She stared at the computer screen. If time were flying, she hadn’t noticed. The minutes crept with tired ankles and the hours sluggishly ticked away.
With her jaw propped snugly upon the palm of her hand, she remembered the time where she floated fearlessly above the lake. She remembered how full of fear she was before she was comfortably positioned to watch the birds flock in their playground.
As her feet would glide on the lakes floor, her toes desperately clutched the soggy earth beneath them as the water inched higher and higher. She was frightened. What lied beneath? Were there monsters lurking in the overgrown weeds? Would their gills flare at the thought of tasting her? Did she see movement in the corner of her eyes?
Yet, nothing seemed to stop her from moving toward the deep.
She took a big breath. She felt the soothing weight of the lake crush her fears.
Seconds later, she was greeting the sun with a bright smile upon her face.
It was then that she remembered, she had always been fearless even through the fear.
Whistling filled the cluttered walls of her mind as she watched the steam fly up and away from the angry lid that rattled fiercely against the spout. Her water was done boiling. Her tea was perfectly steeped.
As she hesitantly took her first sip, with fear of burning consequences, the bite of sour tickled the sides of her tongue just the way she liked it. And as the warm liquid traveled down her doorway, she watched the steam leave the porous wedge of lemon she had thrown in her cup last minute.
The steam traveled with slow intent.
She wondered if the steam knew it would travel just to end up nowhere?
She wondered if she would travel from the place of nowhere?
And if she could figure out a way to leave, she would be sure to make it an adventure.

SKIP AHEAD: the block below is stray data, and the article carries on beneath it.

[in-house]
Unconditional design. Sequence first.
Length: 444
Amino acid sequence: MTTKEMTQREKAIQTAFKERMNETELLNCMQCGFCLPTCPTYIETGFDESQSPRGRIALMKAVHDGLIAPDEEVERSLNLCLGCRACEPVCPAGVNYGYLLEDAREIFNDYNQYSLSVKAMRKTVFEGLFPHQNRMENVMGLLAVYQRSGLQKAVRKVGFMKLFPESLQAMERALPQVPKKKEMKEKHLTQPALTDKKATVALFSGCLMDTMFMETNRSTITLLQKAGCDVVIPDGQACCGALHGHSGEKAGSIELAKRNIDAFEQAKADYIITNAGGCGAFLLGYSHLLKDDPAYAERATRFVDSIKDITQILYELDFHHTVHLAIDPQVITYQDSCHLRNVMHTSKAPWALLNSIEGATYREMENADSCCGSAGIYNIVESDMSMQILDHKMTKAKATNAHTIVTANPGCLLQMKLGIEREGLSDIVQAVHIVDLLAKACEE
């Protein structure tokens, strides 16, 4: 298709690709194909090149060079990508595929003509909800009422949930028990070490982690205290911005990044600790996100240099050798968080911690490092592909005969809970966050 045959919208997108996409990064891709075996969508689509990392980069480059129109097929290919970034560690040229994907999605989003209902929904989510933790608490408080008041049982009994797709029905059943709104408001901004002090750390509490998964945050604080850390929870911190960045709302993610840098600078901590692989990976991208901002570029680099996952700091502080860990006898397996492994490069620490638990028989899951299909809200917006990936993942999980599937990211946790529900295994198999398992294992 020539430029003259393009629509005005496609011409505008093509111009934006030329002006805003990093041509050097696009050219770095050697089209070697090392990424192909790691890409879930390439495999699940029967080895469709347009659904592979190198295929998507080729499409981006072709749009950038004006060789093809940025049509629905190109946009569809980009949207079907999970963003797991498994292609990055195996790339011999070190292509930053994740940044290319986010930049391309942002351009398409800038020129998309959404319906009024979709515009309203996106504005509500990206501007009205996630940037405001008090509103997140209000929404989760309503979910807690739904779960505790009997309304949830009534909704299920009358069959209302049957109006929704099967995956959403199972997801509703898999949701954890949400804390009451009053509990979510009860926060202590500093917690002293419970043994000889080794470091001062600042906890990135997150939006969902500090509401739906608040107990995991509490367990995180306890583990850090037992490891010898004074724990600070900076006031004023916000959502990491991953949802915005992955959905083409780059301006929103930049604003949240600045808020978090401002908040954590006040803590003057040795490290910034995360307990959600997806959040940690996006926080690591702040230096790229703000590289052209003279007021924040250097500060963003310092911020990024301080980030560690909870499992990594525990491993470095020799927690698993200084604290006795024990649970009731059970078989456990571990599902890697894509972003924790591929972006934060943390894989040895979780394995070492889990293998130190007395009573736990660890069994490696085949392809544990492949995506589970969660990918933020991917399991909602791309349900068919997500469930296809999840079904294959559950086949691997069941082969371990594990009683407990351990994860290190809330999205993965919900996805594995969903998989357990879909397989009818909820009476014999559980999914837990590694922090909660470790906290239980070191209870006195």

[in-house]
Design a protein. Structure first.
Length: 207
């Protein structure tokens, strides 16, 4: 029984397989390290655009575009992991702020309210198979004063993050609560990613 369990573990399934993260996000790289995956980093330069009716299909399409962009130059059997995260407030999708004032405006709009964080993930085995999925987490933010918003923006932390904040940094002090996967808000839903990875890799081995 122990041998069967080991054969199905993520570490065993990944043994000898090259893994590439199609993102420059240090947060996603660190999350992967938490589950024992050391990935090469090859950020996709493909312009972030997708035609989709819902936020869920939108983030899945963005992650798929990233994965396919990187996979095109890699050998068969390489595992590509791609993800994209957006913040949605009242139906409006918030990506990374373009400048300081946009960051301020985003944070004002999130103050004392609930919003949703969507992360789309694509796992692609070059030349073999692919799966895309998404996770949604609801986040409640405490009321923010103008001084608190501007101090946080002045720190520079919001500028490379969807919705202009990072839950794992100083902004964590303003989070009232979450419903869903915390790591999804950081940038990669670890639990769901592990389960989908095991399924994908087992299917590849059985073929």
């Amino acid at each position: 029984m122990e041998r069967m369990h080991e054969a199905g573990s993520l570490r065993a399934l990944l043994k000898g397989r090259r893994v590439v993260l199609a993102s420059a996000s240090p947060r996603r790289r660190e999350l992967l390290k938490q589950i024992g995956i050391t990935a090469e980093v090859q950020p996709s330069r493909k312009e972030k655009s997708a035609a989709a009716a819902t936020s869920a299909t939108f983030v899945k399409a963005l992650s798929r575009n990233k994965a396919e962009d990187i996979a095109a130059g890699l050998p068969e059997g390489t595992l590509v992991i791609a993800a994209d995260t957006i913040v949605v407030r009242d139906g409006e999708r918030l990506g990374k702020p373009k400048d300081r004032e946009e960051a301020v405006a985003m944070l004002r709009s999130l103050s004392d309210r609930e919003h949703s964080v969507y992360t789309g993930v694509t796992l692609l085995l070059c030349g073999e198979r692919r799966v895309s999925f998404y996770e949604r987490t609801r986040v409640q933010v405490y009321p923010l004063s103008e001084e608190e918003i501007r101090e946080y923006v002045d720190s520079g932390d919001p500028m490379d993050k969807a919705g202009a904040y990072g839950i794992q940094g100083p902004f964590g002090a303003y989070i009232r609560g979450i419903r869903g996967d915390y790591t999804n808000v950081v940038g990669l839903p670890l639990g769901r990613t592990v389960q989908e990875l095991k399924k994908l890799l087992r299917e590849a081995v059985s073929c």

She was the sun.
He, the moon.
It burned to love her, so he failed to catch her whenever she would fall.
She burned to love him, but his darkness she feared.
They tried traveling the same path for years, until life made it very clear, that their aligning was never forever.
Saturday morning was another ordinary morning. I woke up with running thoughts and in an attempt to stall them, I cooked myself breakfast. Moving around in the kitchen moves my focus from point A to point B and if I’m lucky, it will last longer than a few moments. Today, luck wasn’t on my side.
My breakfast consisted of turkey sausage and scrambled eggs with onions and bell peppers dressed on top of a bed of boiled cabbage, which still had a bit of crunch. Mmmm. You may be thinking, “Cabbage? For breakfast?” Yes, my friend. Breakfast cabbage wraps need to be the new ‘It’ thing, but I digress.
Not even a yummy breakfast could pull me away from the lingering crappy mood I had woken with. I was bummed. I often wake up still wishing I could say good morning to my ex. I find that this normally happens when I go to bed wishing I could say goodnight. We came to an agreement a week ago, that communicating with one another wouldn’t allow us to successfully lead our lives in a healthier direction. I find it hard to agree with things I don’t agree with, but understanding the benefits of an agreement does make it easier. But it still sucks.
For those of you wondering, and for the sake of being transparent, I ended a six year relationship at the beginning of February this year. I left, because my ex had ‘acted out’ in ways that was beginning to destroy me mentally and eventually, physically. Within our relationship, we went through a number of trials of deceit, secrets, and plain ole bullshit. But since my departure, I’ve had plenty of time to raise myself out of the victim role and see that I, too, played a role in the demise of our partnership.